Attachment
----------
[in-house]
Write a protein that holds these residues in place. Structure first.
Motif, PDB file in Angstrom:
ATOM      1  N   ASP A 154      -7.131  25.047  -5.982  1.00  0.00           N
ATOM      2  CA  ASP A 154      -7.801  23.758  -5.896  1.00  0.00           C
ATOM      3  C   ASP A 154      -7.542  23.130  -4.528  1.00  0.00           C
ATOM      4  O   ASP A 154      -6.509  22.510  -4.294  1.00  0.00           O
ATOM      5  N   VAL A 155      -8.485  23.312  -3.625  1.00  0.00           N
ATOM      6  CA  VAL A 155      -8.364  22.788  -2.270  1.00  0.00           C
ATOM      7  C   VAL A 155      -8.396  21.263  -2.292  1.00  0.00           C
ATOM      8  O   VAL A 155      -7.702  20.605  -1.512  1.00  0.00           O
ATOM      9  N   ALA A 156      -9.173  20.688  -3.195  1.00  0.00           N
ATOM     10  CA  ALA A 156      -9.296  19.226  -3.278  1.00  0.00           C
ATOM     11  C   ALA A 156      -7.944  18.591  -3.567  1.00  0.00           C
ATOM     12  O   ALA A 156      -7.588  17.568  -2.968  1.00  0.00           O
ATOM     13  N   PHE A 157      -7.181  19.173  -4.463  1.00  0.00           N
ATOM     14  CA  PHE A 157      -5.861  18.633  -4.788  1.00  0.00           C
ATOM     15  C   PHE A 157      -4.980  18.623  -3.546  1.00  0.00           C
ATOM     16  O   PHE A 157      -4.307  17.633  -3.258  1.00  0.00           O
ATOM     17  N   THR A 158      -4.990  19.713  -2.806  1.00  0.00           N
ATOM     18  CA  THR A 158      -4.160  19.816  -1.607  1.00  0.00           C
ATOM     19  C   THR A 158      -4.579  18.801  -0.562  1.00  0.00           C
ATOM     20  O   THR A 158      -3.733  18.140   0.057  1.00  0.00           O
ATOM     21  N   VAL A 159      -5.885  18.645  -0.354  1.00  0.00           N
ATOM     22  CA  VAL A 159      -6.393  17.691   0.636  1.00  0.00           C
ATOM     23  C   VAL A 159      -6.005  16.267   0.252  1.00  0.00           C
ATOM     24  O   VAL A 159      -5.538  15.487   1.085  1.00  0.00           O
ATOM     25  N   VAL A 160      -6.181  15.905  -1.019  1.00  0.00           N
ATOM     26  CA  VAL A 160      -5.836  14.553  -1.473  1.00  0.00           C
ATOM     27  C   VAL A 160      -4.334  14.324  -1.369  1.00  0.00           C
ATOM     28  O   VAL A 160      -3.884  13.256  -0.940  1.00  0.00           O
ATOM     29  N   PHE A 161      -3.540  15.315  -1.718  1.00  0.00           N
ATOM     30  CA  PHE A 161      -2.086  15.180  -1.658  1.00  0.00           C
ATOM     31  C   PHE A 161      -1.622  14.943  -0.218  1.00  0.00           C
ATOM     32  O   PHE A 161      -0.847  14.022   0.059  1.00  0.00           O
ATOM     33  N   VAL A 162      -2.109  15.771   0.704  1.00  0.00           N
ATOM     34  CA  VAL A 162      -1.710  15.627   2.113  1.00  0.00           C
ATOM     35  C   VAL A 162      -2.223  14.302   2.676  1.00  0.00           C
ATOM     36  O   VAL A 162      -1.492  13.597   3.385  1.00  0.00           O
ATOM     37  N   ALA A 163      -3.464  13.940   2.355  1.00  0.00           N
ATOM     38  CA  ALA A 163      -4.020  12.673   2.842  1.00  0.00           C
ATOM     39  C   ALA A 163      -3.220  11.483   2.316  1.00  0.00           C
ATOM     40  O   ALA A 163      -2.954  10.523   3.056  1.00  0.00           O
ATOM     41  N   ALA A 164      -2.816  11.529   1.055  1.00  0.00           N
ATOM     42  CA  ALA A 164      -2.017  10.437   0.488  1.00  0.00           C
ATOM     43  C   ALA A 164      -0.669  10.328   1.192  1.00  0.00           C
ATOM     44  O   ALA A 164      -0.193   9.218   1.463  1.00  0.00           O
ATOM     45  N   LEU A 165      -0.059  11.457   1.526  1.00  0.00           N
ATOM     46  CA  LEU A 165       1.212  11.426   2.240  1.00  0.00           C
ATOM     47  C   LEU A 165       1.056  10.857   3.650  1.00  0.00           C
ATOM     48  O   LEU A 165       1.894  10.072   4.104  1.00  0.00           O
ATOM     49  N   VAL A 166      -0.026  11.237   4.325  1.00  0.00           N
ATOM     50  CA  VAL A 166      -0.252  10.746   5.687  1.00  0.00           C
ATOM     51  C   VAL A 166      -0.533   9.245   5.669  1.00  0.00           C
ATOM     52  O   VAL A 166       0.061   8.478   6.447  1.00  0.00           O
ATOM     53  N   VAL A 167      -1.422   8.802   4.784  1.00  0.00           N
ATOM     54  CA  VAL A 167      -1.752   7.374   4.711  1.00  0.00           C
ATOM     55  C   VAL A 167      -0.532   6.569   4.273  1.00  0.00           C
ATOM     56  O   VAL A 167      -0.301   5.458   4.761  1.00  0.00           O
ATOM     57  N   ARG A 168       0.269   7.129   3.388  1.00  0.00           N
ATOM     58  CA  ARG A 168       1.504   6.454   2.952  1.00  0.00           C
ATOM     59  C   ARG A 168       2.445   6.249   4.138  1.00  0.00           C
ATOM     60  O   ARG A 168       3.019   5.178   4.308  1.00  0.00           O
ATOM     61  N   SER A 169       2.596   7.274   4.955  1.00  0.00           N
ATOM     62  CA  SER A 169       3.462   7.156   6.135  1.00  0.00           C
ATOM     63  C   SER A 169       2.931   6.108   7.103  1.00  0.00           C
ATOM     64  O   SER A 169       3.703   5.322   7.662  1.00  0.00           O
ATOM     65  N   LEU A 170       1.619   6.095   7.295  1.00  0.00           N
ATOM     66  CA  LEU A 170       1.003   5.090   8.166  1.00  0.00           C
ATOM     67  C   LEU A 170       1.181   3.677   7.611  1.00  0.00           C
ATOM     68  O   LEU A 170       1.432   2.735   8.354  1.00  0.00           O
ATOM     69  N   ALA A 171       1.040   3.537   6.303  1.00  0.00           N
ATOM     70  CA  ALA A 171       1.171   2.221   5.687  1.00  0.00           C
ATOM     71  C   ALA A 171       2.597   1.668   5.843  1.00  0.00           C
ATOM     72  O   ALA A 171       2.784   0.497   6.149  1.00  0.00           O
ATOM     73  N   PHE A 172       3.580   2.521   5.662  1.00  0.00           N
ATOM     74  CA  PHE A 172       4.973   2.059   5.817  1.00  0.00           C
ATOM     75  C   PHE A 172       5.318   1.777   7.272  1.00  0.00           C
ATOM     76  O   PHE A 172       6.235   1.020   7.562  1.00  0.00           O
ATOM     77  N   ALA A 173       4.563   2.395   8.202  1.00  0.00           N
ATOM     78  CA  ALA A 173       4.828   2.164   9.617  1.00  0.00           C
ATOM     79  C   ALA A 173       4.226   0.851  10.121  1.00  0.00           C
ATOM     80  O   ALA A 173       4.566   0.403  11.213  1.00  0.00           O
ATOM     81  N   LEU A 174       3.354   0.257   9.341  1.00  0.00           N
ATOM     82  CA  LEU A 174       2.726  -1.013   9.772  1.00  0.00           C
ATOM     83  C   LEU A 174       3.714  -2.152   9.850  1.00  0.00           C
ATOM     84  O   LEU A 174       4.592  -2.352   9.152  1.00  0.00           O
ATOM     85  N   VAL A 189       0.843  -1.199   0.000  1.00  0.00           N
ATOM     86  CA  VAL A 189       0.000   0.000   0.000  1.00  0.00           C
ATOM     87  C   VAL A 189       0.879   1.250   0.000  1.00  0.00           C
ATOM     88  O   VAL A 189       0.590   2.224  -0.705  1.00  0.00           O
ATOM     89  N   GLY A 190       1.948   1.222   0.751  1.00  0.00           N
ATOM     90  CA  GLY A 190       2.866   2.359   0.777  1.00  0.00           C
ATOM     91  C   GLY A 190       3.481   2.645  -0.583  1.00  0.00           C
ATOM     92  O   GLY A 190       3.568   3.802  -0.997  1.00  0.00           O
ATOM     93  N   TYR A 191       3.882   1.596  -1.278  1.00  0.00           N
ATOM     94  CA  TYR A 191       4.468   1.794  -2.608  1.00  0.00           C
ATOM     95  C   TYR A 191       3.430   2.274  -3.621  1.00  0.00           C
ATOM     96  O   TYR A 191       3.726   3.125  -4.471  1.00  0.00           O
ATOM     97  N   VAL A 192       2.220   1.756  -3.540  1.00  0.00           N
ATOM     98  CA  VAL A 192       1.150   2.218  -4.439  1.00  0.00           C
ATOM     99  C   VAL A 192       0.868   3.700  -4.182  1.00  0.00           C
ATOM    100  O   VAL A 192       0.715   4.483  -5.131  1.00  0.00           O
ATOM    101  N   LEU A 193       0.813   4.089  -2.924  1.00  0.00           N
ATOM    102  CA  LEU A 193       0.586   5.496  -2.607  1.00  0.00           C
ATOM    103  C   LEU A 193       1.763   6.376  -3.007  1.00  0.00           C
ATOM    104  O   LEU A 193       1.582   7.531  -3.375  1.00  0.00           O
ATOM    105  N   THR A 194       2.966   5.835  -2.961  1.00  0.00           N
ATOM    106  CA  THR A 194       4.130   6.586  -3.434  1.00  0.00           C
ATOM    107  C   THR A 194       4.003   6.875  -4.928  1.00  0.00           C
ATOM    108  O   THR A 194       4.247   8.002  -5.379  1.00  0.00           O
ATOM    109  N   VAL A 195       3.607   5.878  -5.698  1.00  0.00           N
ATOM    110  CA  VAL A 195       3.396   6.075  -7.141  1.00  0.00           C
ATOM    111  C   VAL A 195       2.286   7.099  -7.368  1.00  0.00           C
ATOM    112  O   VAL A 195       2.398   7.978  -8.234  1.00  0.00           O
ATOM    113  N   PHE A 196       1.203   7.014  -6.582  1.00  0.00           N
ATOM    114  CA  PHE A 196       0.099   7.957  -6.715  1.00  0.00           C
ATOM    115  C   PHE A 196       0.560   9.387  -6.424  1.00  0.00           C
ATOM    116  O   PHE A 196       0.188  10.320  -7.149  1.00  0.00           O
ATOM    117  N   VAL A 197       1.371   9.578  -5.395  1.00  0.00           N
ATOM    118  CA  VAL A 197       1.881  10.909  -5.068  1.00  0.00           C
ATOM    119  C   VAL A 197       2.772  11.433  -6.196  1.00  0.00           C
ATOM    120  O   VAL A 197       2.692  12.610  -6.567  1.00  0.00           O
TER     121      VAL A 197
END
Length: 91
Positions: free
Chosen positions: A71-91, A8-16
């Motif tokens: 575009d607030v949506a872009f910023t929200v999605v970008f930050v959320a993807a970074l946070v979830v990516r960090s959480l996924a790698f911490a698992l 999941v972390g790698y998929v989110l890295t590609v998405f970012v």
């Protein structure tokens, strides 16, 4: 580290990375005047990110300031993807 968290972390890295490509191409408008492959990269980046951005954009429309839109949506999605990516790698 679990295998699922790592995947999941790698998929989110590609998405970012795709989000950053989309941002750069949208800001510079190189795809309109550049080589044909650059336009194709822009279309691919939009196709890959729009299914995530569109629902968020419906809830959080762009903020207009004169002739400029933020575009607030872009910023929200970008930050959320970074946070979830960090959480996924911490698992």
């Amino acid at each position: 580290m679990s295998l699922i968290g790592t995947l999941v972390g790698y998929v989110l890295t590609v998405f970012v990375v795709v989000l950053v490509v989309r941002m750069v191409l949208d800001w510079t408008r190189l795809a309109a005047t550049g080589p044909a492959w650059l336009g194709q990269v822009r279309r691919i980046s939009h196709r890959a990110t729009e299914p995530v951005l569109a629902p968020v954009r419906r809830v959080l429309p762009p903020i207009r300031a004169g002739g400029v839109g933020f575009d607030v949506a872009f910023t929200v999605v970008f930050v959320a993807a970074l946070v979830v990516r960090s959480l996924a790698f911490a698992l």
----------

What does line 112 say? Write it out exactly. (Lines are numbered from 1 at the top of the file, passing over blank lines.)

ATOM    109  N   VAL A 195       3.607   5.878  -5.698  1.00  0.00           N